Posted: March 3, 2014, 2:25 p.m. EST
© Courtesy Leticia Materi
Daryl's diabetes is currently managed by minimizing any fatty or sugary food from his diet.
For my first blog, I thought that it would be a good idea to share some of my personal experiences with my own pets. Like most people who work in the field of veterinary medicine, my pets have either been abandoned or were destined for euthanasia due to poor health. This is how I obtained Daryl, the Russian dwarf hamster. He was brought in from a pet store where the staff noted that he was drinking excessive amounts of water and passing lots of urine. Testing of the urine showed very high levels of glucose (sugar) and ketones, thus confirming a diagnosis of diabetes. This spelled disaster for the hamster, as it would be unethical for a pet store to sell an animal with a known medical problem to the public. Things looked grim.
As I watched him, dreading my next step, he stood up on his back paws and looked straight into my eyes. Sigh. I knew he was coming home with me. The pet store was happy to sign him over to me, and I began my treatment plan for my new furry family member.
Many hamsters, especially Chinese and Russian dwarf hamsters, have been reported to have a genetic predisposition toward the development of diabetes mellitus, a condition in which the body is unable to produce normal amounts of insulin. Normally, insulin is released by the pancreas when blood glucose increases, such as after eating a meal. Insulin causes the cells of the body to take up the glucose for immediate use as an energy source or to store it for later.
When there is not enough insulin, the cells can no longer take up the glucose, thus leading to increased blood sugar. A lot of this excess glucose is passed from the blood into the urine by the kidneys. Consequently, more water is drawn into the urine due to the increased urinary concentration. This is why animals with diabetes mellitus produce a lot of urine. They also drink more to replace the water lost by the kidneys. Because the cells no longer take up glucose, the body begins to break down fat for the cells to use as energy. This is why owners often notice their pets losing weight. When fat is broken down too quickly, by-products known as ketones are released that acidify the blood and can cause coma or death if left untreated.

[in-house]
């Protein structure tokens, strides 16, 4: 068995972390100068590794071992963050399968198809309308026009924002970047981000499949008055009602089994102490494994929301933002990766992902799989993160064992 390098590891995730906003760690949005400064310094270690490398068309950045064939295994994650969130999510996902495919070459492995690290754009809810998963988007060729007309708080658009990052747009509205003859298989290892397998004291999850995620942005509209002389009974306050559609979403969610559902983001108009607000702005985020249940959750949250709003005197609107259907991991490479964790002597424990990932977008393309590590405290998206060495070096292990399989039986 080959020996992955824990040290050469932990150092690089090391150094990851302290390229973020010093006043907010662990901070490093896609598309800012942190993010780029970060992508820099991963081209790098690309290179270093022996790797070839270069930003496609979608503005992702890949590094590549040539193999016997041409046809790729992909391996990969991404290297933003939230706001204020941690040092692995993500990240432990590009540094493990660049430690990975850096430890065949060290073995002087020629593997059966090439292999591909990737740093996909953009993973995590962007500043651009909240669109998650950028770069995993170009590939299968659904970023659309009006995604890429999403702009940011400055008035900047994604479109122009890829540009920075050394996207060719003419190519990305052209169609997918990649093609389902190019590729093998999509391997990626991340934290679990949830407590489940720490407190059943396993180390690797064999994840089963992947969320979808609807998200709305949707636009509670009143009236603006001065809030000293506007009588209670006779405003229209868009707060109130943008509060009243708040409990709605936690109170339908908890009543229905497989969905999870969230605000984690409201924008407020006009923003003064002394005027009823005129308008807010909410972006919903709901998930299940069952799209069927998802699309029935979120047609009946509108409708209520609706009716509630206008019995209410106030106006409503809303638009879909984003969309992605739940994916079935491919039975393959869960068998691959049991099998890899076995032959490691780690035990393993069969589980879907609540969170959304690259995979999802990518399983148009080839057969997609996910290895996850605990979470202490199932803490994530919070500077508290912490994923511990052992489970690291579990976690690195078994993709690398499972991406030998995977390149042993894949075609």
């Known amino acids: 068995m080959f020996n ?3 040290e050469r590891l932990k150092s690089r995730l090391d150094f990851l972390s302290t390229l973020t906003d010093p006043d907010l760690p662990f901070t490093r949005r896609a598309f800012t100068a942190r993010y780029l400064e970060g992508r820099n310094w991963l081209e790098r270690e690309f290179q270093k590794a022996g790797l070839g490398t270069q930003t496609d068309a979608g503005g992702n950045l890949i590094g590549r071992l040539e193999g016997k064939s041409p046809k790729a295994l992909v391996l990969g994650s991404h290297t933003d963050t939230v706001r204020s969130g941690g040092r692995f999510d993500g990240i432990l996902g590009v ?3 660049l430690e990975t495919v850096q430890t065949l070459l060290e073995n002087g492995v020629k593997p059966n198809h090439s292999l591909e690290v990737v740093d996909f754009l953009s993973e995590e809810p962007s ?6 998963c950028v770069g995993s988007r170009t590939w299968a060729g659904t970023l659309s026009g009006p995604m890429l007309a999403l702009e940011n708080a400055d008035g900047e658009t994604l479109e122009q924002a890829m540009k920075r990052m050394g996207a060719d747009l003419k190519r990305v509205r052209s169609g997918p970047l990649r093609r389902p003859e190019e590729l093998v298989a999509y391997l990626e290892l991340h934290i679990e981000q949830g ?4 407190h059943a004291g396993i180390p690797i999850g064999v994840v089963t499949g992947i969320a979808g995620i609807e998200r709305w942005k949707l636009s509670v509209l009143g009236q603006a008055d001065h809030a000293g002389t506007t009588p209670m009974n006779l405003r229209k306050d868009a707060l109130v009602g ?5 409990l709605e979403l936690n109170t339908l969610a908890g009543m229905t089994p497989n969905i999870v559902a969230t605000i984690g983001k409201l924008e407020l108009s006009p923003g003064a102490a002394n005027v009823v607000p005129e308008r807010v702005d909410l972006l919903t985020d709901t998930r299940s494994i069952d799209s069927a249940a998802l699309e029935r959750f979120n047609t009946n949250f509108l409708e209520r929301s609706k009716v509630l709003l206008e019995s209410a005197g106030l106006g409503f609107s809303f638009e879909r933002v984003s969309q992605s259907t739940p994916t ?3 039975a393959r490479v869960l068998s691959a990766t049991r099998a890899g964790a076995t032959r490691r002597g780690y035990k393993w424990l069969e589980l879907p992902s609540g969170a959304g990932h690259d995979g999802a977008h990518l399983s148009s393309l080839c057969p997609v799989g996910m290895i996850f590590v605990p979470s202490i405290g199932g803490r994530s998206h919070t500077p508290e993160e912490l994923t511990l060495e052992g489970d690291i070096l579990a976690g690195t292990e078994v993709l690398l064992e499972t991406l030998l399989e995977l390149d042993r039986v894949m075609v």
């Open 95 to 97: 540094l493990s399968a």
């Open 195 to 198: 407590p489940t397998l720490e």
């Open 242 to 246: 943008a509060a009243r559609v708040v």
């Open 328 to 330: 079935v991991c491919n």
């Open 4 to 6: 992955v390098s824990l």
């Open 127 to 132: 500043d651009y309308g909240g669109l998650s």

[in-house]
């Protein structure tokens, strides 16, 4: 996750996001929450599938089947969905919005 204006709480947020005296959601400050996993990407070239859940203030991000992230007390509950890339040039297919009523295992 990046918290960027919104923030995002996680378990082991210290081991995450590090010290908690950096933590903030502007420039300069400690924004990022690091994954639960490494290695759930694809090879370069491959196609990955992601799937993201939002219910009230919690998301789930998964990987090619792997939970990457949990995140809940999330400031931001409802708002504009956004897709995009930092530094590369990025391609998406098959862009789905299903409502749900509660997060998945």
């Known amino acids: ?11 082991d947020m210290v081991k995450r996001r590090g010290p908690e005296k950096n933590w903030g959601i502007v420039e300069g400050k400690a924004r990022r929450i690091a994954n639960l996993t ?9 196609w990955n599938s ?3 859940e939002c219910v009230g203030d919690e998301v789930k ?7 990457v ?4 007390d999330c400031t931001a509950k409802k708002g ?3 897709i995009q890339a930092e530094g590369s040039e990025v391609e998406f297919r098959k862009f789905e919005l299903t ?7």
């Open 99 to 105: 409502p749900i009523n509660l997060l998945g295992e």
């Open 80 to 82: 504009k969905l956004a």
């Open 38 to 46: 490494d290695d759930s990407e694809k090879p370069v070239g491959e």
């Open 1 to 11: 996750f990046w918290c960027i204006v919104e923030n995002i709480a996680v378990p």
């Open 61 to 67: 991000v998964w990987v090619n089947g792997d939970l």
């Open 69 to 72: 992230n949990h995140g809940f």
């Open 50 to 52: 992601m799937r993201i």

Fortunately for Daryl, most cases of diabetes mellitus in hamsters can be controlled by diet, so he does not need to get insulin shots. A diet that is high in proteins but low in sugars and fats seems to help. It is best to avoid fatty foods, such as nuts, and sugary treats, such as dehydrated or fresh fruit, yogurt drops or vegetables high in sugars such as carrots, peas and corn.
I still monitor Daryl daily for signs of problems because diabetes predisposes him to the development of cataracts, but so far his proper diet has been controlling his symptoms. Not every hamster will develop diabetes but it is good to be aware of the symptoms and consult a veterinarian familiar with hamsters if you have concerns.
Note: This article is meant for educational purposes only and in no way represents any particular individual or case. It is not for diagnostic purposes. If your pet is sick, please take him or her to a veterinarian.
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